// msw-worker.js

import { setupWorker } from 'msw';
import { handlers } from './handlers';

export const mswWorker = setupWorker(...handlers);

Now we can add a conditional switch at the top of our app to require and start the mswWorker when an environment variable we define is set to yes.

// index.js

import React from 'react';
import ReactDOM from 'react-dom';
import App from './App';
import './index.css';

if (process.env.REACT_APP_USE_MSW_MOCK_API === 'yes') {
  const { mswWorker } = require('./api-mocks/msw-worker');
  mswWorker.start();
}

ReactDOM.render(
  <React.StrictMode>
    <App />
  </React.StrictMode>,
  document.getElementById('root')
);

All that remains is to add a new NPM script command in package.json. When we start the application by calling npm run start:msw, the environment variable is set to yes and our app runs with the mswWorker loaded and listening for calls to intercept.

// package.json scripts

{
  "scripts": {
    "start": "react-scripts start",
    "start:msw": "REACT_APP_USE_MSW_MOCK_API=yes react-scripts start",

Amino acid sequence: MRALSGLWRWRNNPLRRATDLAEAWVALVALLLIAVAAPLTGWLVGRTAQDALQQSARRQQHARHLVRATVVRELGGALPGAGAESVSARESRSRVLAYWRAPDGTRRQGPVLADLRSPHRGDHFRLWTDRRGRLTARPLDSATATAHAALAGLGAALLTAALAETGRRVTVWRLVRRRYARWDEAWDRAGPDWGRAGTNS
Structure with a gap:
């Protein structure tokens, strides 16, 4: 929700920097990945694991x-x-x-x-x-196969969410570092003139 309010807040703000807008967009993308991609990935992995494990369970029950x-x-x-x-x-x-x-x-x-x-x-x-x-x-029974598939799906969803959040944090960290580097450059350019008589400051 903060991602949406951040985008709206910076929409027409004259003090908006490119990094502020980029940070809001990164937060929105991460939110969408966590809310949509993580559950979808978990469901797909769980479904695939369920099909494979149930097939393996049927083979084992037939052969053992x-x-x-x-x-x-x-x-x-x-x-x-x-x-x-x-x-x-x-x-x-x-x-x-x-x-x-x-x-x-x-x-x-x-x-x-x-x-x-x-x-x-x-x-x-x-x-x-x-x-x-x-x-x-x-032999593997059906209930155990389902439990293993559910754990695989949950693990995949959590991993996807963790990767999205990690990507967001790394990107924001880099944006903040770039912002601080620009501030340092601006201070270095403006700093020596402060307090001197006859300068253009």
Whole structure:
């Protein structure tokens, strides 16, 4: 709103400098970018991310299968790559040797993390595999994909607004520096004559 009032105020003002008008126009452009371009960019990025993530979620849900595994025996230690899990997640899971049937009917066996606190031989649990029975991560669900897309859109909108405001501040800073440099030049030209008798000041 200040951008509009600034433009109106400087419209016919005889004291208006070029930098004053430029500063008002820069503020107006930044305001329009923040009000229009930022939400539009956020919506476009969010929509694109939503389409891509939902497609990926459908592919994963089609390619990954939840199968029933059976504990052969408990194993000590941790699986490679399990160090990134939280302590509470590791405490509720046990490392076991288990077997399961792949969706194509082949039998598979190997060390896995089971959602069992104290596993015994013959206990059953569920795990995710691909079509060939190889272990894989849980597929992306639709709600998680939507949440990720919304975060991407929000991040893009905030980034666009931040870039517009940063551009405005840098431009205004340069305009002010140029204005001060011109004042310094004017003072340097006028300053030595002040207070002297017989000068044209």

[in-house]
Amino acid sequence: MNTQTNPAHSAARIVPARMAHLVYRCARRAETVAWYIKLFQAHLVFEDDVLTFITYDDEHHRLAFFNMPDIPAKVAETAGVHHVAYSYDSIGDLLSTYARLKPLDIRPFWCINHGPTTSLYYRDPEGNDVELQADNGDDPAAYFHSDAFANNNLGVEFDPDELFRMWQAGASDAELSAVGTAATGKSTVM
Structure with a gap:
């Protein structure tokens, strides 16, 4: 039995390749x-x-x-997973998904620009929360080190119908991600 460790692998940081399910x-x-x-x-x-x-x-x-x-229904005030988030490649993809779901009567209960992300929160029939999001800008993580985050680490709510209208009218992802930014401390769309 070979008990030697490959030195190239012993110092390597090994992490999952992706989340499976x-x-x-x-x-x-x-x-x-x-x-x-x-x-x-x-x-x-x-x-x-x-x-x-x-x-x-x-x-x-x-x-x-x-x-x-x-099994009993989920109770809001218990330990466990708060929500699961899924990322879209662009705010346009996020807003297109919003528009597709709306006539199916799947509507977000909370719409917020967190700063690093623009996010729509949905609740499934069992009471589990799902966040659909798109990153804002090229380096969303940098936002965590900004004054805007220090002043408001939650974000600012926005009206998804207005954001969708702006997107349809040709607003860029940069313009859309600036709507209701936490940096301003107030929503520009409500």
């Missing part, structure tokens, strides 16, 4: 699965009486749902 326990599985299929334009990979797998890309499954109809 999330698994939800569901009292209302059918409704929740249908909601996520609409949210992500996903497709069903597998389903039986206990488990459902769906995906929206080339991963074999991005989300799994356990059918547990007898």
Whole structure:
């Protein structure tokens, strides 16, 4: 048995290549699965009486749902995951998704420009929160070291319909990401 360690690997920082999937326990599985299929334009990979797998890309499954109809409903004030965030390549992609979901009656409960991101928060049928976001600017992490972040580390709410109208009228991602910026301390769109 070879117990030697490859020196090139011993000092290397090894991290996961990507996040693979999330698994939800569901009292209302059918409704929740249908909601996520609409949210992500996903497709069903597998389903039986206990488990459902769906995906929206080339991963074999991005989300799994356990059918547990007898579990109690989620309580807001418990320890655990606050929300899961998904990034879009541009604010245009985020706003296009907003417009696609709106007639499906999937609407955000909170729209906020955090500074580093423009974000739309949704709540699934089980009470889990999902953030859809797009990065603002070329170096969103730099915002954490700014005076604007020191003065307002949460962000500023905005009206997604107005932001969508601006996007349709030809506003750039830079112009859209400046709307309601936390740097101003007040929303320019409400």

"build": "react-scripts build",
    "test": "react-scripts test",
    "api": "json-server ./src/api/db.json"
  }
}

From that point on any network calls that match one of our defined handlers will receive our defined response. Using this technique, we can optionally enable mocked APIs in a runtime environment with a single command. This can be very beneficial for developing against specific data scenarios, speeding up debugging feedback loops, or interacting with the application realistically in environments where accessing the real API is cumbersome or unavailable.

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Conclusion

MSW is a powerful tool to mock network calls without mocking our own app code. This centralizes mock setup, removes noise from our tests, makes our components easier to refactor without changing test code and produces more valuable and reliable tests that exercise all the layers of code involved in a component’s work.

The work done to define API mocks for our unit tests can also be leveraged at runtime as an aid to development and debugging.

For further reading on Mock Service Worker, see the MSW documentation and Kent C. Dodds' article with his suggestion to use MSW for testing.

The full set of example code from this article is available on GitHub.